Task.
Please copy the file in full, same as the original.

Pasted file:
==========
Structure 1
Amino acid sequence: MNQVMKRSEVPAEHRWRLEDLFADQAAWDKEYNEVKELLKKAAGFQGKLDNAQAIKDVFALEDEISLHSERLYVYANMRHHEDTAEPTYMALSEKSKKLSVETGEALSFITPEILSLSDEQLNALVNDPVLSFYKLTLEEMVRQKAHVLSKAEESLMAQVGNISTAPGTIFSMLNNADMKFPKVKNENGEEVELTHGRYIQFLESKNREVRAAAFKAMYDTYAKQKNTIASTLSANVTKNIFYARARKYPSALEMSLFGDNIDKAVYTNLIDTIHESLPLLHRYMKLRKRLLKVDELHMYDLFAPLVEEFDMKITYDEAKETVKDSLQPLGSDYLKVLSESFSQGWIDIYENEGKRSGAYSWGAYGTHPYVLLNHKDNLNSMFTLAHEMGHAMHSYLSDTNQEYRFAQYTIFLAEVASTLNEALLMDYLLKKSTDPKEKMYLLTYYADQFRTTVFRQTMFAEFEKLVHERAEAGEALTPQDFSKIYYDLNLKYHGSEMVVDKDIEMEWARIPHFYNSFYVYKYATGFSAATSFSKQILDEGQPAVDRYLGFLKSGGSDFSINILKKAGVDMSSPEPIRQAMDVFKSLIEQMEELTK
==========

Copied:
Structure 1
Amino acid sequence: MNQVMKRSEVPAEHRWRLEDLFADQAAWDKEYNEVKELLKKAAGFQGKLDNAQAIKDVFALEDEISLHSERLYVYANMRHHEDTAEPTYMALSEKSKKLSVETGEALSFITPEILSLSDEQLNALVNDPVLSFYKLTLEEMVRQKAHVLSKAEESLMAQVGNISTAPGTIFSMLNNADMKFPKVKNENGEEVELTHGRYIQFLESKNREVRAAAFKAMYDTYAKQKNTIASTLSANVTKNIFYARARKYPSALEMSLFGDNIDKAVYTNLIDTIHESLPLLHRYMKLRKRLLKVDELHMYDLFAPLVEEFDMKITYDEAKETVKDSLQPLGSDYLKVLSESFSQGWIDIYENEGKRSGAYSWGAYGTHPYVLLNHKDNLNSMFTLAHEMGHAMHSYLSDTNQEYRFAQYTIFLAEVASTLNEALLMDYLLKKSTDPKEKMYLLTYYADQFRTTVFRQTMFAEFEKLVHERAEAGEALTPQDFSKIYYDLNLKYHGSEMVVDKDIEMEWARIPHFYNSFYVYKYATGFSAATSFSKQILDEGQPAVDRYLGFLKSGGSDFSINILKKAGVDMSSPEPIRQAMDVFKSLIEQMEELTK